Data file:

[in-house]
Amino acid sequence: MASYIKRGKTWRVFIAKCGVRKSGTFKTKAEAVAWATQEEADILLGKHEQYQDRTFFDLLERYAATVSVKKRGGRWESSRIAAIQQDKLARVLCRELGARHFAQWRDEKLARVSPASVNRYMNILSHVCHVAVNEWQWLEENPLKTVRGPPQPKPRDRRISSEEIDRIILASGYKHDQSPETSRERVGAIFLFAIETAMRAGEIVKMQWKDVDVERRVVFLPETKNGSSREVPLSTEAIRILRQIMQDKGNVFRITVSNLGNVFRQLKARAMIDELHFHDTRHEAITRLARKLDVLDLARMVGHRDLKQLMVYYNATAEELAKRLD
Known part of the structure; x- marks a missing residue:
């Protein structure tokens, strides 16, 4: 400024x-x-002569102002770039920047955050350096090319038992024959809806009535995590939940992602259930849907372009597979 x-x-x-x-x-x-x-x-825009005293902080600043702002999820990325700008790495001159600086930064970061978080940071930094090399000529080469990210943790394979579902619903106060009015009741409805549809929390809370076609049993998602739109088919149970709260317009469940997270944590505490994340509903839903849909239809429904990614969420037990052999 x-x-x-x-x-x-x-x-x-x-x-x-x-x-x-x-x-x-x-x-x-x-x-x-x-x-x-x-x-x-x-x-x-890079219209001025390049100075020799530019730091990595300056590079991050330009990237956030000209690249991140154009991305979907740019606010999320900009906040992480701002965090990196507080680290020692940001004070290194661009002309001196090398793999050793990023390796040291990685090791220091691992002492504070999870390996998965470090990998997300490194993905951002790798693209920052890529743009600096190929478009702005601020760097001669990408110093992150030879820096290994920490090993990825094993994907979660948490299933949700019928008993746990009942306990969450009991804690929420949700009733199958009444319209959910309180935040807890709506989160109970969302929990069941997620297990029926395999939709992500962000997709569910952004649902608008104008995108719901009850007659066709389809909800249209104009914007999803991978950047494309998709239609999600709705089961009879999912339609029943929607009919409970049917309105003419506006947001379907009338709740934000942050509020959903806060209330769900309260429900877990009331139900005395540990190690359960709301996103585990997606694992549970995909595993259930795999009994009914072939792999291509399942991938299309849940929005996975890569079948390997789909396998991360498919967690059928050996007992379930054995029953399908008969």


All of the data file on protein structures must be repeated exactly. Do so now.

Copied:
[in-house]
Amino acid sequence: MASYIKRGKTWRVFIAKCGVRKSGTFKTKAEAVAWATQEEADILLGKHEQYQDRTFFDLLERYAATVSVKKRGGRWESSRIAAIQQDKLARVLCRELGARHFAQWRDEKLARVSPASVNRYMNILSHVCHVAVNEWQWLEENPLKTVRGPPQPKPRDRRISSEEIDRIILASGYKHDQSPETSRERVGAIFLFAIETAMRAGEIVKMQWKDVDVERRVVFLPETKNGSSREVPLSTEAIRILRQIMQDKGNVFRITVSNLGNVFRQLKARAMIDELHFHDTRHEAITRLARKLDVLDLARMVGHRDLKQLMVYYNATAEELAKRLD
Known part of the structure; x- marks a missing residue:
């Protein structure tokens, strides 16, 4: 400024x-x-002569102002770039920047955050350096090319038992024959809806009535995590939940992602259930849907372009597979 x-x-x-x-x-x-x-x-825009005293902080600043702002999820990325700008790495001159600086930064970061978080940071930094090399000529080469990210943790394979579902619903106060009015009741409805549809929390809370076609049993998602739109088919149970709260317009469940997270944590505490994340509903839903849909239809429904990614969420037990052999 x-x-x-x-x-x-x-x-x-x-x-x-x-x-x-x-x-x-x-x-x-x-x-x-x-x-x-x-x-x-x-x-x-890079219209001025390049100075020799530019730091990595300056590079991050330009990237956030000209690249991140154009991305979907740019606010999320900009906040992480701002965090990196507080680290020692940001004070290194661009002309001196090398793999050793990023390796040291990685090791220091691992002492504070999870390996998965470090990998997300490194993905951002790798693209920052890529743009600096190929478009702005601020760097001669990408110093992150030879820096290994920490090993990825094993994907979660948490299933949700019928008993746990009942306990969450009991804690929420949700009733199958009444319209959910309180935040807890709506989160109970969302929990069941997620297990029926395999939709992500962000997709569910952004649902608008104008995108719901009850007659066709389809909800249209104009914007999803991978950047494309998709239609999600709705089961009879999912339609029943929607009919409970049917309105003419506006947001379907009338709740934000942050509020959903806060209330769900309260429900877990009331139900005395540990190690359960709301996103585990997606694992549970995909595993259930795999009994009914072939792999291509399942991938299309849940929005996975890569079948390997789909396998991360498919967690059928050996007992379930054995029953399908008969």